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Who You Gonna Call?

With his new take on the Ghostbusters franchise, director Paul Feig proves he really understands funny women.

COMING ATTRACTION
"Ghostbusters," which Paul Feig directed, hits theaters July 15.

The ingredients of a Ghostbusters reboot ought to be a guaranteed recipe for success: an all-star cast led by box-office champions Melissa McCarthy and Kristen Wiig; clever cameos by many of the original film’s cast members; fan-favorite elements like the Ecto-1 vehicle, proton packs, slime and ghost traps. Yet, it admittedly takes a brave man—or woman—to reshape such a beloved franchise. “This has been very, very much a high-wire act,” admits director Paul Feig, the courageous man in question. “When you do anything original, the whole mission is trying to figure out how to make people actually care about it. With this one, everybody’s very invested. You break down the psychology of the audience and try to get inside their heads. What are they expecting? How can we subvert that? It’s a whole other game.” 

Feig is no stranger to rising to the occasion. After a few commercial flops in the early 2000s nearly determined the character actor-turned-film director’s professional fate, surprise hit Bridesmaids, followed by The Heat and Spy, quickly established him as a talented comedy director with a knack for showcasing exceptional female talent. “I love funny women,” says the L.A.-based director. “My only frustration now is, I can’t create enough roles to house all the funny women I know.” That said, Feig thinks it’s time to retire labels like “all-female” when describing casts or targeted audiences. “Why is it a gimmick that four women star in a movie, and it’s not a gimmick that four men would star in a movie? I just wanted talented performers, and the most talented, funniest people that I happen to know and want to work with are women,” he says.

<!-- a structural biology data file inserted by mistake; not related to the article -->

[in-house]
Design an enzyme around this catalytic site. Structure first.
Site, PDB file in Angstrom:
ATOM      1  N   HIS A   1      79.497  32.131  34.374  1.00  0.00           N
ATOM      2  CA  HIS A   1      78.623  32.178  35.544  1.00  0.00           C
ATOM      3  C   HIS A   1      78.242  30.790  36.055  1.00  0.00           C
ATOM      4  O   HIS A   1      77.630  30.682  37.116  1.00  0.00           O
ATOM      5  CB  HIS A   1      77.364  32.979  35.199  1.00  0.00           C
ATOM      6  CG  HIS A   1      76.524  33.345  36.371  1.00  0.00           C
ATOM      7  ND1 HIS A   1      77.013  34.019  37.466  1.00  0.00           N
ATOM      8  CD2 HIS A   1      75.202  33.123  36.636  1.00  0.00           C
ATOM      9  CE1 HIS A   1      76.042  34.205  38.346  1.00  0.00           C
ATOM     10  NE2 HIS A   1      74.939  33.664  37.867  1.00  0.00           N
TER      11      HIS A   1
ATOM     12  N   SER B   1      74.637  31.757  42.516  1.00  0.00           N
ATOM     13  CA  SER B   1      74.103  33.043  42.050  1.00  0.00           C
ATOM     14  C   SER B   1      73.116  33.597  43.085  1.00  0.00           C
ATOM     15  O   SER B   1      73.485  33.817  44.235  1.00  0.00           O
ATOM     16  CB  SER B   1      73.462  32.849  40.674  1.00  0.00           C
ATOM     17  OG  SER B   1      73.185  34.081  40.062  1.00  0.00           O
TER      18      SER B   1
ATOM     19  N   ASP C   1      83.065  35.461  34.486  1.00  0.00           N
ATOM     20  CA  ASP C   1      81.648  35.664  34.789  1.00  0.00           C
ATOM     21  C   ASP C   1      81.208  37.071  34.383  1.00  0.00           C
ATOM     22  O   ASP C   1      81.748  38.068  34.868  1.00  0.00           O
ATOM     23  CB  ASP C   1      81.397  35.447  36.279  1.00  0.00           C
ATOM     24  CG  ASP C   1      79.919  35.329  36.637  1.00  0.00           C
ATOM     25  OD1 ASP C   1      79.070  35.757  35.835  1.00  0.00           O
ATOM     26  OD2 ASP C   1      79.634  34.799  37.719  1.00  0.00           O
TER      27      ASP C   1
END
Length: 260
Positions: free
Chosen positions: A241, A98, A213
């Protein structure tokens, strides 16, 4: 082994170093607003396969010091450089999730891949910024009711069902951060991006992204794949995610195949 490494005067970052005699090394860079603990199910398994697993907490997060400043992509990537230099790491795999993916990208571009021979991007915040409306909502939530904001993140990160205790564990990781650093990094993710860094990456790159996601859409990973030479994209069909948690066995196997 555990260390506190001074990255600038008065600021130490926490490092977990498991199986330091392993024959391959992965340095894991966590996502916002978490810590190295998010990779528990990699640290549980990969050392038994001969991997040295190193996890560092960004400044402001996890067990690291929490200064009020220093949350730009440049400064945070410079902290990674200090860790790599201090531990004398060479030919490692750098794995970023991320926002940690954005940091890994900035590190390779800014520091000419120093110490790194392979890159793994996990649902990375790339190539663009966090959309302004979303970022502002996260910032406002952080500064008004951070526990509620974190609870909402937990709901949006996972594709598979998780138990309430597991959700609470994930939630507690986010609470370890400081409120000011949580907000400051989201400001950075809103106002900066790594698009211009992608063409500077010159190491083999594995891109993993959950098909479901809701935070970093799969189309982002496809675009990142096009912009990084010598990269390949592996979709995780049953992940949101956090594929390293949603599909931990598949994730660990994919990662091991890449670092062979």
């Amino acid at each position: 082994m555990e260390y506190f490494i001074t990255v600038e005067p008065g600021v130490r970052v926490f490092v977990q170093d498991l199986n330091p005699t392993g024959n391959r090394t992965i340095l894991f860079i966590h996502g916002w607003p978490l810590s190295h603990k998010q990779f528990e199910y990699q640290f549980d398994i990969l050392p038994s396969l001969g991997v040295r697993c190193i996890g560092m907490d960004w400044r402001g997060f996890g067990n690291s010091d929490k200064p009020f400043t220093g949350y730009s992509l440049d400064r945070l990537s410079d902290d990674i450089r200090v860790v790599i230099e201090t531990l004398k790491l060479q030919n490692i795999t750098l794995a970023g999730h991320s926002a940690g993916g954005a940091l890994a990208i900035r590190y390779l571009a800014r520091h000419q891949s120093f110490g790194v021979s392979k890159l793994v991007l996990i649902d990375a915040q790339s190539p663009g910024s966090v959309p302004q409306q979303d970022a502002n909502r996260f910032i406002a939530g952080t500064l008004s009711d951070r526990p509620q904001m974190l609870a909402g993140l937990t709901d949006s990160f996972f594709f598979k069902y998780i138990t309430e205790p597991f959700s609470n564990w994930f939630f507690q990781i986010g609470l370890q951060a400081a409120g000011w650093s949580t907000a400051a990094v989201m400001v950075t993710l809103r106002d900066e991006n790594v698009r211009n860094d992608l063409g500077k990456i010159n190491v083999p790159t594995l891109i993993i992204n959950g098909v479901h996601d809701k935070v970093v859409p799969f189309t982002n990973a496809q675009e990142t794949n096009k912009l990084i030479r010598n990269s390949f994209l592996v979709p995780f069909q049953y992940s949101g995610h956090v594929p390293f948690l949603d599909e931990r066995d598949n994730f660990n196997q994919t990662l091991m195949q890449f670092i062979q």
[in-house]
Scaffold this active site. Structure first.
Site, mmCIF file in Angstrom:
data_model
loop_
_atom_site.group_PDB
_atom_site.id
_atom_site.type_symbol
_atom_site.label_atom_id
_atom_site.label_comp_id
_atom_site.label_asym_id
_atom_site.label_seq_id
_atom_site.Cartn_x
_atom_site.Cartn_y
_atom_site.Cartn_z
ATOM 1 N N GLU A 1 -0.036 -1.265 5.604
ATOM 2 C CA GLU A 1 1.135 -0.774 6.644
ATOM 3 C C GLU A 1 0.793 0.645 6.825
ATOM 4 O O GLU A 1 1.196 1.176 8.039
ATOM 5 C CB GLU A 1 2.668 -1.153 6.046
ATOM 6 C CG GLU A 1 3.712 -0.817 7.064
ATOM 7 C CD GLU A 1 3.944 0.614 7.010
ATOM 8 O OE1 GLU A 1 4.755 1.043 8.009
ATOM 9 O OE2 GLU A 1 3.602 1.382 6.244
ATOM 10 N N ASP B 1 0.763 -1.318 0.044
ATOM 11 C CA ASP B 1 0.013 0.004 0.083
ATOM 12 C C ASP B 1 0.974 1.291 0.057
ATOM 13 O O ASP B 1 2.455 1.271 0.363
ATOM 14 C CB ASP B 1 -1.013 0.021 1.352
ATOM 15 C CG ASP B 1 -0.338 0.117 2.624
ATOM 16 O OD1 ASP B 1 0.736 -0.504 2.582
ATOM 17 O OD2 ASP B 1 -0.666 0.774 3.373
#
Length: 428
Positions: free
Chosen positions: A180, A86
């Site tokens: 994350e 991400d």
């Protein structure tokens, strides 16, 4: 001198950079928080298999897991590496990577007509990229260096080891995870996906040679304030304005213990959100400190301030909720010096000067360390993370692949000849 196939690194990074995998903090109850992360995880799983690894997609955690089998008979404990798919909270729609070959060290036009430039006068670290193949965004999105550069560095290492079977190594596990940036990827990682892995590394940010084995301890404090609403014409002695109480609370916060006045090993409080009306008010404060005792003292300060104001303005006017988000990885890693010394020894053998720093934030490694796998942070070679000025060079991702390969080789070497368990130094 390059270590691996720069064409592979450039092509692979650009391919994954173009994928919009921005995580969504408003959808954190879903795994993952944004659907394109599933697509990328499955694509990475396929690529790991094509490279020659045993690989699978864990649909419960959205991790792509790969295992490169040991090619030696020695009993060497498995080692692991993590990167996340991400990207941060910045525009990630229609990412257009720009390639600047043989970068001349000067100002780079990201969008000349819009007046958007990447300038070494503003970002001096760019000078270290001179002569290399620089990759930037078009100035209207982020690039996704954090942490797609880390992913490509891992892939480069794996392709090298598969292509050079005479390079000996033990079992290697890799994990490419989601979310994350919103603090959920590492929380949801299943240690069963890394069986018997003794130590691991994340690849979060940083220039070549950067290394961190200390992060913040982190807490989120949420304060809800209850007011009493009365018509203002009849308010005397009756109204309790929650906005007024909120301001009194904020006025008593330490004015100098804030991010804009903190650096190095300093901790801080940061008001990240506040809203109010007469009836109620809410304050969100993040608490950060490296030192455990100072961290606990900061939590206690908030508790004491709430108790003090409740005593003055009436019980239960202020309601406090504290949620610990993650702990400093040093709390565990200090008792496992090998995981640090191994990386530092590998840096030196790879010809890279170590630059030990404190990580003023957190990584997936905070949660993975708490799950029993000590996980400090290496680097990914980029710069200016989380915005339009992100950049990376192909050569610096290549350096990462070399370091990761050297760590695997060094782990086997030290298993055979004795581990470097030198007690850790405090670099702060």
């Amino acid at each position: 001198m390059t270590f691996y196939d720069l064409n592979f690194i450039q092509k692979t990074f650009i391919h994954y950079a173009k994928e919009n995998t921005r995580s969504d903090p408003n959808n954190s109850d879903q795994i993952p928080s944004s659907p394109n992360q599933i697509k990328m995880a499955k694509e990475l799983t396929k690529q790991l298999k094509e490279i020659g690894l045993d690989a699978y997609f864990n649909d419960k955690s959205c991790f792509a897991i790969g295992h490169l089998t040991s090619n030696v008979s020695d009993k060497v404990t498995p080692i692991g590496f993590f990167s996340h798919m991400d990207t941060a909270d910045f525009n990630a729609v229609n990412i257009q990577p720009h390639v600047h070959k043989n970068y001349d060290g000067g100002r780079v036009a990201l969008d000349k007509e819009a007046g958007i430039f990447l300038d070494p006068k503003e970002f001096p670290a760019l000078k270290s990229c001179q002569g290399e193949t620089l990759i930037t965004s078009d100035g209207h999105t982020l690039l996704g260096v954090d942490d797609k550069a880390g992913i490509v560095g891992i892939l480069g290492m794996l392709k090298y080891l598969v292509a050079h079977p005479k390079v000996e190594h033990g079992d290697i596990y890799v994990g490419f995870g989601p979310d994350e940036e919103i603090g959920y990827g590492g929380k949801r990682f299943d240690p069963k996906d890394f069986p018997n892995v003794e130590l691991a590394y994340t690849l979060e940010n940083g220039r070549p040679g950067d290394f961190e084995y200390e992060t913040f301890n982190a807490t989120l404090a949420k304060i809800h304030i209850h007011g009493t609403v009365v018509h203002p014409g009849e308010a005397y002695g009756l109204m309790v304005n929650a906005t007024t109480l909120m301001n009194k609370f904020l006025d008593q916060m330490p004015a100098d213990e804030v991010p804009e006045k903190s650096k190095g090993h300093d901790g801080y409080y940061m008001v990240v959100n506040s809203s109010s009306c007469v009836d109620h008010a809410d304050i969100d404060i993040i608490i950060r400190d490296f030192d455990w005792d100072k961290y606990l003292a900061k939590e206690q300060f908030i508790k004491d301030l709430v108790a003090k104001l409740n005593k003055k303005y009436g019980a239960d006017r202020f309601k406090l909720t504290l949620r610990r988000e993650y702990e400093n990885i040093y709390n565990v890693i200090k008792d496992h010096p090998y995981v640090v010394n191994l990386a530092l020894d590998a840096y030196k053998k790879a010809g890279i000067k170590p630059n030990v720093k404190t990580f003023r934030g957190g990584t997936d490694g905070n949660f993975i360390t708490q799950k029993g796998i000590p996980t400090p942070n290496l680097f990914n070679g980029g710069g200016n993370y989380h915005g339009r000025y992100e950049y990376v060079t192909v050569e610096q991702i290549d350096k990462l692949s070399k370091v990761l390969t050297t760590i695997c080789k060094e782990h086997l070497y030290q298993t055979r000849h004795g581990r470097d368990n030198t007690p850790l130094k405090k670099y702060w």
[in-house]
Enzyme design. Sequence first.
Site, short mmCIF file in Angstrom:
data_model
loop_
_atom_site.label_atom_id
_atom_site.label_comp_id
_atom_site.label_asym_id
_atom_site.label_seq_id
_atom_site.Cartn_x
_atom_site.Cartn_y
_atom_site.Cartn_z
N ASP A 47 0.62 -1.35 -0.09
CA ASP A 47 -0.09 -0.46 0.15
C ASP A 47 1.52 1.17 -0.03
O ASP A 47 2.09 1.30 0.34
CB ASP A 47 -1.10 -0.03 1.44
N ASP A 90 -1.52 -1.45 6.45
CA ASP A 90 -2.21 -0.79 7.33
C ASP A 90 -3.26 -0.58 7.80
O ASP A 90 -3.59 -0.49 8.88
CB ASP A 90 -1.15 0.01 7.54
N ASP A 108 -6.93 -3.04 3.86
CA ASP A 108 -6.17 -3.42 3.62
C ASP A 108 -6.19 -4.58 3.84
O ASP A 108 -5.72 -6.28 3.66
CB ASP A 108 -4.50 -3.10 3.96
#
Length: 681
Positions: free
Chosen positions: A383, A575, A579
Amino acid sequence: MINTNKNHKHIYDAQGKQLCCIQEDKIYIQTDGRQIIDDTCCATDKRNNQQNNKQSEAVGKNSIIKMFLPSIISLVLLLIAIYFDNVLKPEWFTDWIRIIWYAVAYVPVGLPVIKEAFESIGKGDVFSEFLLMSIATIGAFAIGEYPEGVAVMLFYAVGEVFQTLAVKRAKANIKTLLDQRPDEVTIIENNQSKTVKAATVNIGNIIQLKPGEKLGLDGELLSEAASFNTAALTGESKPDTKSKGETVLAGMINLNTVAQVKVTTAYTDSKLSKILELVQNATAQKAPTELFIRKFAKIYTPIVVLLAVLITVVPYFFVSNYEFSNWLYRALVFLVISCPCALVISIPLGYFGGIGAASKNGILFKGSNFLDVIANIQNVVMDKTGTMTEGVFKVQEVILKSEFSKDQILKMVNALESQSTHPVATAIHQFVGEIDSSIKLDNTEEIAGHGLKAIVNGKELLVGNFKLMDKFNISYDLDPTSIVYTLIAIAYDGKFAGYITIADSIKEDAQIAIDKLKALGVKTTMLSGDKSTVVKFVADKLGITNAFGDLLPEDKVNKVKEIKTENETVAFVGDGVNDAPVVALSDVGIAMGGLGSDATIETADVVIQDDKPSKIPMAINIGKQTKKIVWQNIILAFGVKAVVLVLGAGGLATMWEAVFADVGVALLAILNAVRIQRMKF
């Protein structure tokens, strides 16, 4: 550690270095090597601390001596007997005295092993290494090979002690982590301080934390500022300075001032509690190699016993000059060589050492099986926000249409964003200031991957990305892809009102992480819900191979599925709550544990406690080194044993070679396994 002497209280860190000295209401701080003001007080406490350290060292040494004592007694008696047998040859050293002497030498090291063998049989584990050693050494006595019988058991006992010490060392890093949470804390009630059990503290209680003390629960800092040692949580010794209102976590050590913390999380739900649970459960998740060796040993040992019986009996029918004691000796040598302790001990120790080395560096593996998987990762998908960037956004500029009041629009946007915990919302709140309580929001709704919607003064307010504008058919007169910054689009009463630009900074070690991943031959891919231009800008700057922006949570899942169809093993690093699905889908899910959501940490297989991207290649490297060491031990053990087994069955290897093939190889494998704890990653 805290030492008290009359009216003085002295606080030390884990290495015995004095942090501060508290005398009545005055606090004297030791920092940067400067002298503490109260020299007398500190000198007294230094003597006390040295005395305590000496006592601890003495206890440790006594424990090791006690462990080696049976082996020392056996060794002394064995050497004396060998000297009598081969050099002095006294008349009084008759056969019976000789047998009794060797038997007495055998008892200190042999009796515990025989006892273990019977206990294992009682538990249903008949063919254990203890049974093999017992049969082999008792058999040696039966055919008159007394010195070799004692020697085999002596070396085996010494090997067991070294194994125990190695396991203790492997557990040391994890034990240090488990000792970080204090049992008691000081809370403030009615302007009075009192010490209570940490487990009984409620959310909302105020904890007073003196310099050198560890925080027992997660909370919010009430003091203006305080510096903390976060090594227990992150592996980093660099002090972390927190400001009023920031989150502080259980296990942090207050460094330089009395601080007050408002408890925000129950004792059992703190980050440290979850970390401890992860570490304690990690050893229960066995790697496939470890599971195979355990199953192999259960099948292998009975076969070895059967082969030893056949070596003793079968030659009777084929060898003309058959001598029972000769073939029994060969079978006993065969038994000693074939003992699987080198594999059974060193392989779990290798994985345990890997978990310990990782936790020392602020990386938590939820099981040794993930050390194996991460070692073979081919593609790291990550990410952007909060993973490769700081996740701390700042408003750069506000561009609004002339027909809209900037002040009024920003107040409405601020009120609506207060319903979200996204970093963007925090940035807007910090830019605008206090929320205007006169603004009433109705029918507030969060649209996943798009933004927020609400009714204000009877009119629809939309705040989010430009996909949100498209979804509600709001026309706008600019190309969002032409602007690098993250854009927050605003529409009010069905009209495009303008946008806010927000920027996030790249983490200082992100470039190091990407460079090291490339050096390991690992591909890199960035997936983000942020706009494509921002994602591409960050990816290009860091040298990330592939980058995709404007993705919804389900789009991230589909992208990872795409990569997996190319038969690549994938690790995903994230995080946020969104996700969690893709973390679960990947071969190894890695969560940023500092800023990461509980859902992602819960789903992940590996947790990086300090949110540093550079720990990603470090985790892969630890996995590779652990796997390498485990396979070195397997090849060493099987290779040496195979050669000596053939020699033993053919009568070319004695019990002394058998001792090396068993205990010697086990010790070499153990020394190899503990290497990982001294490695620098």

While Feig anticipated fans would be protective of the original films, the internet eruption caused by the reboot took him by surprise. “I knew people were passionate about it, but I’ll be honest, I didn’t think it was going to bring up this level of negative passion,” he says. “I’m thrilled that I’m doing something that people actually care about and are passionate about. I just hope they like and judge it on its own merit.”

FEIG'S HOTS
Blocking trolls on Twitter, fancy restaurants, Scottish terriers, building Lego kits

FEIG'S NOTS
A-holes, bullies, misogynists